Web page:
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It is that time of year again when Brighton & Hove Albion fans are being asked to vote for who they think should win the annual Albion in the Community Award.

Albion in the Community (AITC) staff have nominated six finalists from among the 40,000 people the charity worked with in the last 12 months.

Fans are now being asked to vote for the person they think most deserves to win the Albion in the Community Award.

Voting will run until Monday 4 March and the winner will be announced...

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Vote for who you want to win the 2018/19 Albion in the Community Award

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It is that time of year again when Brighton & Hove Albion fans are being asked to vote for who they think should win the annual Albion in the Community Award.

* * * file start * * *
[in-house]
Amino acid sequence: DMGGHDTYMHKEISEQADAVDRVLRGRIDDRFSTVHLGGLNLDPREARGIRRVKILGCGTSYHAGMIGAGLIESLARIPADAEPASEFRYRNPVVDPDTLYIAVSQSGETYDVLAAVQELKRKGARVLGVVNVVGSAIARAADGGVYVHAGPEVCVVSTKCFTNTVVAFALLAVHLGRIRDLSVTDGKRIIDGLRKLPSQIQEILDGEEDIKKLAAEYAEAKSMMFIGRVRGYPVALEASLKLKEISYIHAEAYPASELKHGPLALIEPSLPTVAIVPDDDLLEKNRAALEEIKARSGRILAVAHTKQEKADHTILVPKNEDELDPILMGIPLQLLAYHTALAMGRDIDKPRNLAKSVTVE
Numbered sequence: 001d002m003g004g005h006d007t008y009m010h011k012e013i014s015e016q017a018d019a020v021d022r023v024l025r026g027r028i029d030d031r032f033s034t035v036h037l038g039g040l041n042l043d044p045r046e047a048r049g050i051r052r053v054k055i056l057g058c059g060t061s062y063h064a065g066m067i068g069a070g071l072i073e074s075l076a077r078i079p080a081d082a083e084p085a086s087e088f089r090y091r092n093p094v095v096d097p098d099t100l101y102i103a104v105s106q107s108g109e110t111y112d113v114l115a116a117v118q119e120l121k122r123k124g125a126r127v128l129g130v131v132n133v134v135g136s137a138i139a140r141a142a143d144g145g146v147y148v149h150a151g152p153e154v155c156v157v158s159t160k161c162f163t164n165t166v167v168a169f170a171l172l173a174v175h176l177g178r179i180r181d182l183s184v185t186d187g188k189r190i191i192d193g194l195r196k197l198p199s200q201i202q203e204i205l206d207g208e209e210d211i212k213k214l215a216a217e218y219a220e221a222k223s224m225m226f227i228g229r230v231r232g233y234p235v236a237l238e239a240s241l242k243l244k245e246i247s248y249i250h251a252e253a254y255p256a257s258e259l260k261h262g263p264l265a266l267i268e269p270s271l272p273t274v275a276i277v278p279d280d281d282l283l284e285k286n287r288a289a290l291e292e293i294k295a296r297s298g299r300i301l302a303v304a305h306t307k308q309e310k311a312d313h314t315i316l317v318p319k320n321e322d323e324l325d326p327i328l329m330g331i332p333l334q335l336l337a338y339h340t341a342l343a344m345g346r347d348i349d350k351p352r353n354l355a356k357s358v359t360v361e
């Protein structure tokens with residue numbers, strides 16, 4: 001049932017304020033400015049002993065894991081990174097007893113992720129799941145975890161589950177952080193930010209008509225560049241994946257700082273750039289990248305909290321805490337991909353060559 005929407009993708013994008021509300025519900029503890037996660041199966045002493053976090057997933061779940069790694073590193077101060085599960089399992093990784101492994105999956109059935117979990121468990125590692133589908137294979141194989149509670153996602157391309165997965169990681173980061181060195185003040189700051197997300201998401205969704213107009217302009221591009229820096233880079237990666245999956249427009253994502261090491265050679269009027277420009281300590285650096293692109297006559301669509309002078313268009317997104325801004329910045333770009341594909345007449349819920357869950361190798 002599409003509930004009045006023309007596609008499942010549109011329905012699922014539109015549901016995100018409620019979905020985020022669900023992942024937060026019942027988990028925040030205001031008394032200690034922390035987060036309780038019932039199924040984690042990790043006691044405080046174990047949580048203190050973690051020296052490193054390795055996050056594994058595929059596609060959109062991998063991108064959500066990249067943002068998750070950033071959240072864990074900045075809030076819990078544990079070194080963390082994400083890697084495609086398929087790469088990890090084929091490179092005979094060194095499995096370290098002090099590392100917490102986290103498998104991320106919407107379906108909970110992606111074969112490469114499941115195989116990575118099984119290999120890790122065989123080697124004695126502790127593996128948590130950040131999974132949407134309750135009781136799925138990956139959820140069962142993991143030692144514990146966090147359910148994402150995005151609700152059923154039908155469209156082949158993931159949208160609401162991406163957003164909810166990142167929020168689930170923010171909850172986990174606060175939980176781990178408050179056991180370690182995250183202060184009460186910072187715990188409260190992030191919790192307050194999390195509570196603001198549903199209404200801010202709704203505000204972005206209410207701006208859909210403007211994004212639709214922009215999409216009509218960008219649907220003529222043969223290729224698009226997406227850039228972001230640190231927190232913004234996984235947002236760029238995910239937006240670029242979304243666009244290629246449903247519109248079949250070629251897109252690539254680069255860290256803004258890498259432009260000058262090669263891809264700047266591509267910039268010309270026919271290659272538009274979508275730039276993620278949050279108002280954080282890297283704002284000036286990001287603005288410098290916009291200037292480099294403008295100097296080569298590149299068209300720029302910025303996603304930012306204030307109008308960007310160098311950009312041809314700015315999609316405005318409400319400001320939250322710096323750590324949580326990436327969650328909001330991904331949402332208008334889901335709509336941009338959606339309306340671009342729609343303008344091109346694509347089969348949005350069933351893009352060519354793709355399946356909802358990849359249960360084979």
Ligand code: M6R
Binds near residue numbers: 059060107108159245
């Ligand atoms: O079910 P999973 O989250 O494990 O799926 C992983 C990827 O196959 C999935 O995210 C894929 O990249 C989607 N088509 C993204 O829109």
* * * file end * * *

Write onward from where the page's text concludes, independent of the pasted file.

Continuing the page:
Albion in the Community (AITC) staff have nominated six finalists from among the 40,000 people the charity worked with in the last 12 months.

Fans are now being asked to vote for the person they think most deserves to win the Albion in the Community Award.

Voting will run until Monday 4 March and the winner will be announced at the club’s end of season players’ awards.

Vote now online HERE.

The finalists are…

Name: Dave Bowen

Programme: Speak Up Against Cancer

Dave Bowen is one of a group of volunteers who regularly give up their time to help Albion in the Community share vital cancer awareness messages with people across Brighton and Hove. Having previously undergone treatment for cancer, he shares his own experiences as a way of encouraging others to act if they find themselves exhibiting any signs and symptoms.

As part of AITC’s Speak Up Against Cancer team, Dave is working hard to improve local early detection rates and has already clocked up almost 100 hours volunteering at more than 50 local events; he has also personally met with 1,167 people – sharing lifesaving messaging with each one.